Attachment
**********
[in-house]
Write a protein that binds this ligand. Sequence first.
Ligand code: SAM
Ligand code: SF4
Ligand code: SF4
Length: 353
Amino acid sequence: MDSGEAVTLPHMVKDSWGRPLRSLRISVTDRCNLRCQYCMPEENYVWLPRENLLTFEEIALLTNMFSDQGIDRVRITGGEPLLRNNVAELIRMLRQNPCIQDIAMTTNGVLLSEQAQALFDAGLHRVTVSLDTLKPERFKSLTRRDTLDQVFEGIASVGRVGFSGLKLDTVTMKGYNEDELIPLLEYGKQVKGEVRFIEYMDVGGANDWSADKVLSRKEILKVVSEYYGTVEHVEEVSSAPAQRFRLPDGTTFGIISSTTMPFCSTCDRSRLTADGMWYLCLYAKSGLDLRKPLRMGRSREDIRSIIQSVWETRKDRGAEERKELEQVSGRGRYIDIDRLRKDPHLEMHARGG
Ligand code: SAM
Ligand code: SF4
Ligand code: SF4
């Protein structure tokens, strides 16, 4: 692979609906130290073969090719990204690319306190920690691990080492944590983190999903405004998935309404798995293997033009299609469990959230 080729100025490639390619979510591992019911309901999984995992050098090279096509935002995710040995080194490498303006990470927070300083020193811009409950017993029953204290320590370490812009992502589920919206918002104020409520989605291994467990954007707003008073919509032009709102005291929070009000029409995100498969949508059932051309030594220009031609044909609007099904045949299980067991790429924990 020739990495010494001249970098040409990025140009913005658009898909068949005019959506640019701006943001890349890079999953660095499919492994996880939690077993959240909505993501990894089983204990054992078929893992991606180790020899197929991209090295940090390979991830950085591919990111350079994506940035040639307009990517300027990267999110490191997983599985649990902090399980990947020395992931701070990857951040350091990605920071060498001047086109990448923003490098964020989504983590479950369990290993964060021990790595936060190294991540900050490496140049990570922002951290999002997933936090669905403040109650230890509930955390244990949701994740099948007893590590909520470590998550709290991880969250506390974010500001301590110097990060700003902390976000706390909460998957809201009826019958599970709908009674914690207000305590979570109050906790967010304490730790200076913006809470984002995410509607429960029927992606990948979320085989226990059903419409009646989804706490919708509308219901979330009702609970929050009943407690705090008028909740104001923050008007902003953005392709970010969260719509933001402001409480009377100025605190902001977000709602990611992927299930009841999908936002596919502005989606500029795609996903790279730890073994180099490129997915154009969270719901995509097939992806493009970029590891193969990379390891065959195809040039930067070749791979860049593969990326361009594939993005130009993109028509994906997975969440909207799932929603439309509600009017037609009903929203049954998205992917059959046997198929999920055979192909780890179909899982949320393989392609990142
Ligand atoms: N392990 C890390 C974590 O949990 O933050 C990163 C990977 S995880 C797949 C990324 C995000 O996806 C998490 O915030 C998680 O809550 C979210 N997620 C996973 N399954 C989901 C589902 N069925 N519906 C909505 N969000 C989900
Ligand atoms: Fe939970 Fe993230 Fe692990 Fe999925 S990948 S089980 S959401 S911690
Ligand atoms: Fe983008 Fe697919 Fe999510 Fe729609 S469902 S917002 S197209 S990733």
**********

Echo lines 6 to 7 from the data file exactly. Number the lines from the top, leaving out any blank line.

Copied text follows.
Length: 353
Amino acid sequence: MDSGEAVTLPHMVKDSWGRPLRSLRISVTDRCNLRCQYCMPEENYVWLPRENLLTFEEIALLTNMFSDQGIDRVRITGGEPLLRNNVAELIRMLRQNPCIQDIAMTTNGVLLSEQAQALFDAGLHRVTVSLDTLKPERFKSLTRRDTLDQVFEGIASVGRVGFSGLKLDTVTMKGYNEDELIPLLEYGKQVKGEVRFIEYMDVGGANDWSADKVLSRKEILKVVSEYYGTVEHVEEVSSAPAQRFRLPDGTTFGIISSTTMPFCSTCDRSRLTADGMWYLCLYAKSGLDLRKPLRMGRSREDIRSIIQSVWETRKDRGAEERKELEQVSGRGRYIDIDRLRKDPHLEMHARGG